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Janna Gur making herb and meat latkes.
Janna Gur making herb and meat latkes.Zev Fisher for The Boston Globe/Zev Fisher

Janna Gur says that if you have bunches of herbs in your refrigerator, she knows just what to do with them. Make herb and meat latkes, the traditional Syrian (Aleppan) ijeh b’lahmeh. As they sizzle and turn golden in the skillet, they fill the air with that familiar oil-rich, fried-latkes-for-Hanukkah aroma.

Gur, an Israeli cookbook author and magazine editor, is cooking for a group from The New Center for Arts and Culture, who are in a private home in Boston. The patties are an alternative to potato pancakes for the Jewish holiday, which begins at sundown Dec. 16, but the author makes them year-round.

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“They’re one of my favorite lunch fixes,” she says. The recipe is in her new “Jewish Soul Food: From Minsk to Marrakesh, More Than 100 Unforgettable Dishes Updated for Today’s Kitchen.” She tells the hungry crowd to tuck two latkes inside pita, add sliced tomatoes and cucumbers, and drizzle them with tahini sauce.

To most Jewish families in Boston, traditional home cooking is rooted in Ashkenazi
dishes that originated in Western and Eastern Europe, such as chicken soup, gefilte fish, chopped liver, knishes, and brisket. “You don’t see much Ashkenazi food in Israel,” says the Latvian-born Gur, “especially not in restaurants.”

Sephardic cooking, on the other hand, is distinctly Mediterranean and Middle Eastern. Gur’s book features recipes from all over the Middle East, Turkey, Bulgaria, and North
Africa, including rice and couscous dishes, meat and fish stews, stuffed vegetables, meatballs, fish balls, and various savory pastries. With these kinds of foods, she says, “The boundaries between Jewish and non-Jewish cooking are much more blurred.”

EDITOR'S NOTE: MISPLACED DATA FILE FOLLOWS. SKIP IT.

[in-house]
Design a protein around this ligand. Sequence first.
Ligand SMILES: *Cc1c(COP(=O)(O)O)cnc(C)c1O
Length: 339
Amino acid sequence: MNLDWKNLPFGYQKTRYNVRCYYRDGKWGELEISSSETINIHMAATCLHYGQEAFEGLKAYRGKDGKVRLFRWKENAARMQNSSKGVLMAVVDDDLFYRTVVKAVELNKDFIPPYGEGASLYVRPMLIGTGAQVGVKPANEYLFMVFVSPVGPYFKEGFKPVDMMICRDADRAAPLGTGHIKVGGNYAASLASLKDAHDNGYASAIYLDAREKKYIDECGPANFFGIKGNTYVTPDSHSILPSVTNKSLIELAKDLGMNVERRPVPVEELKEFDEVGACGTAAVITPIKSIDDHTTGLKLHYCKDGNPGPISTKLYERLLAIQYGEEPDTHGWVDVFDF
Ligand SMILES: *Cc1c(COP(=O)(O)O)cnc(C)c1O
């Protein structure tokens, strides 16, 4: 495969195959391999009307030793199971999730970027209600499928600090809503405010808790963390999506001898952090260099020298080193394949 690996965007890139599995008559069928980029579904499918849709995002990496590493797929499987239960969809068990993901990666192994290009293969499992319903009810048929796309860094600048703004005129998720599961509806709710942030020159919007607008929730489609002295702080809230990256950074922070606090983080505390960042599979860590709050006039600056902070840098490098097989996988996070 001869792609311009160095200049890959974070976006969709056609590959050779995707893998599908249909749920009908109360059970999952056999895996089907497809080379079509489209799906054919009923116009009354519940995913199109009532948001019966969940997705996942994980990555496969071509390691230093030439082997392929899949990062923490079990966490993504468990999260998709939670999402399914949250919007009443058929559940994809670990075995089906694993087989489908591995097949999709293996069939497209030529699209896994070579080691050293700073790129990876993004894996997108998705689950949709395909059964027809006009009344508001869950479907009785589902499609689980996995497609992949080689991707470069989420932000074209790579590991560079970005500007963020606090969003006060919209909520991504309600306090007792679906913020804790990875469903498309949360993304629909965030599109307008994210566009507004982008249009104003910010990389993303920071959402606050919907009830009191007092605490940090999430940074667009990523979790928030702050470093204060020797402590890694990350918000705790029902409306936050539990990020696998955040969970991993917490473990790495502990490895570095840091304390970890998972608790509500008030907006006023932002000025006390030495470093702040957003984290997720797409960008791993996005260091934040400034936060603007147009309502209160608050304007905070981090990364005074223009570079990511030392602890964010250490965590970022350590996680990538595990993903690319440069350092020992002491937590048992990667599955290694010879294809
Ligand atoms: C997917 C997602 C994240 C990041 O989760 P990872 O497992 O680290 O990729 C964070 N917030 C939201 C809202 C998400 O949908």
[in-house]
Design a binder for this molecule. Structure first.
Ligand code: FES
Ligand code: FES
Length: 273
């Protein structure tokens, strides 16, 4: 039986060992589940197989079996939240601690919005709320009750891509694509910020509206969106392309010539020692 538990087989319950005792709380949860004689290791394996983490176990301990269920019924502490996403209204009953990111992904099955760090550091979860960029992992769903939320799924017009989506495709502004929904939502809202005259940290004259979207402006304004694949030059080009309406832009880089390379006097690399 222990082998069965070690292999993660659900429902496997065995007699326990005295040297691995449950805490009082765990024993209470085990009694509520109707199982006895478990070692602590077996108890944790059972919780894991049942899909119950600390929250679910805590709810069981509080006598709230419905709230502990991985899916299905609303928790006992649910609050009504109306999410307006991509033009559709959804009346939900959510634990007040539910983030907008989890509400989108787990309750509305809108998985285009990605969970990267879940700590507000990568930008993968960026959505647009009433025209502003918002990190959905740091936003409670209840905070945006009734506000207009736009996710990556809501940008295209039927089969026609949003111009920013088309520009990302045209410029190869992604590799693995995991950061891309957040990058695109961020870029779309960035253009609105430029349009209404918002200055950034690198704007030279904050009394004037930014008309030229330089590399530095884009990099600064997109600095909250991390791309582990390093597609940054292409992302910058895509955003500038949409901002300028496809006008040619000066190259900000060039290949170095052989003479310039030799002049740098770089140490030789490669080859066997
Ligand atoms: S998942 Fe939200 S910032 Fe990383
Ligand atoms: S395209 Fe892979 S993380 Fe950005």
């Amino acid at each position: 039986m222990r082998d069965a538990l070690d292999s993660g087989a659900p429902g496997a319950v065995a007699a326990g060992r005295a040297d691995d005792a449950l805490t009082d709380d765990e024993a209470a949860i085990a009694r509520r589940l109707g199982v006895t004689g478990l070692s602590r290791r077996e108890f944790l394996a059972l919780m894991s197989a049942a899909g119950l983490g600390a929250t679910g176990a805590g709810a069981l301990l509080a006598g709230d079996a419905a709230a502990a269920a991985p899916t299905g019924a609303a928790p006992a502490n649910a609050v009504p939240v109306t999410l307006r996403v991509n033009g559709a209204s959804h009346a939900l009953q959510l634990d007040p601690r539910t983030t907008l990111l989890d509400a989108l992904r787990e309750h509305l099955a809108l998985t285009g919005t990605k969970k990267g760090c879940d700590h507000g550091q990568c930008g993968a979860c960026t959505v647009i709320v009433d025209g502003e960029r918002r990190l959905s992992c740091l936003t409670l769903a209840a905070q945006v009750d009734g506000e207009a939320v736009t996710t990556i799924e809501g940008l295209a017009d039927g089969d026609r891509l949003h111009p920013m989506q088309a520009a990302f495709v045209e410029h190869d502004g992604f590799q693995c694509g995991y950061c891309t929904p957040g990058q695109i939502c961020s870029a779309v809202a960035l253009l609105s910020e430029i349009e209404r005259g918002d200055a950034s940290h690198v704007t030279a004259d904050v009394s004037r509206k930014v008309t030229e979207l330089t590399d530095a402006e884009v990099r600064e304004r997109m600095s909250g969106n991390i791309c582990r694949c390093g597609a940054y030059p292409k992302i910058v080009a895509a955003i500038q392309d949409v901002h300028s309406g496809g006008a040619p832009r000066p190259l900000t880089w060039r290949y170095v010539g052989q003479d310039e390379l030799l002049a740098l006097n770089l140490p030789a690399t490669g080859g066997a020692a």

Gur explains that immigrants to Israel, particularly from nearby countries, brought their native cuisines with them. Most are linked by indigenous ingredients based on a temperate climate, the use of olive oil instead of butter, and a heavy reliance on vegetables. “We eat salads for breakfast,” says Gur. Hers usually consists of chopped tomatoes, cucumber, onion, and bell peppers, lightly dressed with olive oil and lemon juice, along with hard-cooked eggs, and tahini spread.

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“The most important thing in Israeli cooking is tahini,”
she says (see related story,
Page 7). The sesame seed paste is used as a dressing and dip, it’s folded into hummus and baba ghanoush, added to baked goods instead of nut butter, and is the key ingredient in the confection known as halvah.

While family traditions like Friday night Shabbat dinner are still an important part of Israeli life, Gur estimates that less than one-third of the Jewish population follows a strict kosher diet. A larger percentage, though, doesn’t mix meat and dairy products (one of the kosher dietary restrictions), she says, and “pork is a big taboo.” She shares the joke
that “Israelis don’t eat pork
unless it’s called prosciutto.”

Born in Riga, Latvia, Gur, 55, immigrated to Israel with her parents in 1974 when she was 15. In 1991, she and her husband, Ilan, started a food trade journal that evolved into a monthly food and travel
magazine called Al Hashulchan (“on the table” in Hebrew). It’s also an expression meaning to be upfront, she says.

Gur wrote “Jewish Soul Food” primarily for a North American audience, she says,
to show “the wealth of Jewish cooking and preserve some of it for future generations.” She sees her role as a curator, gathering age-old Syrian, Persian, Iraqi, Turkish, Russian, and North
African recipes of Jewish origin for modern home cooks to use.

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“There are no more Jews left in some of these countries,” she says. “The cuisines are like endangered species. The only place they exist is in Israel.”


Lisa Zwirn can be reached at lisa@lisazwirn.com.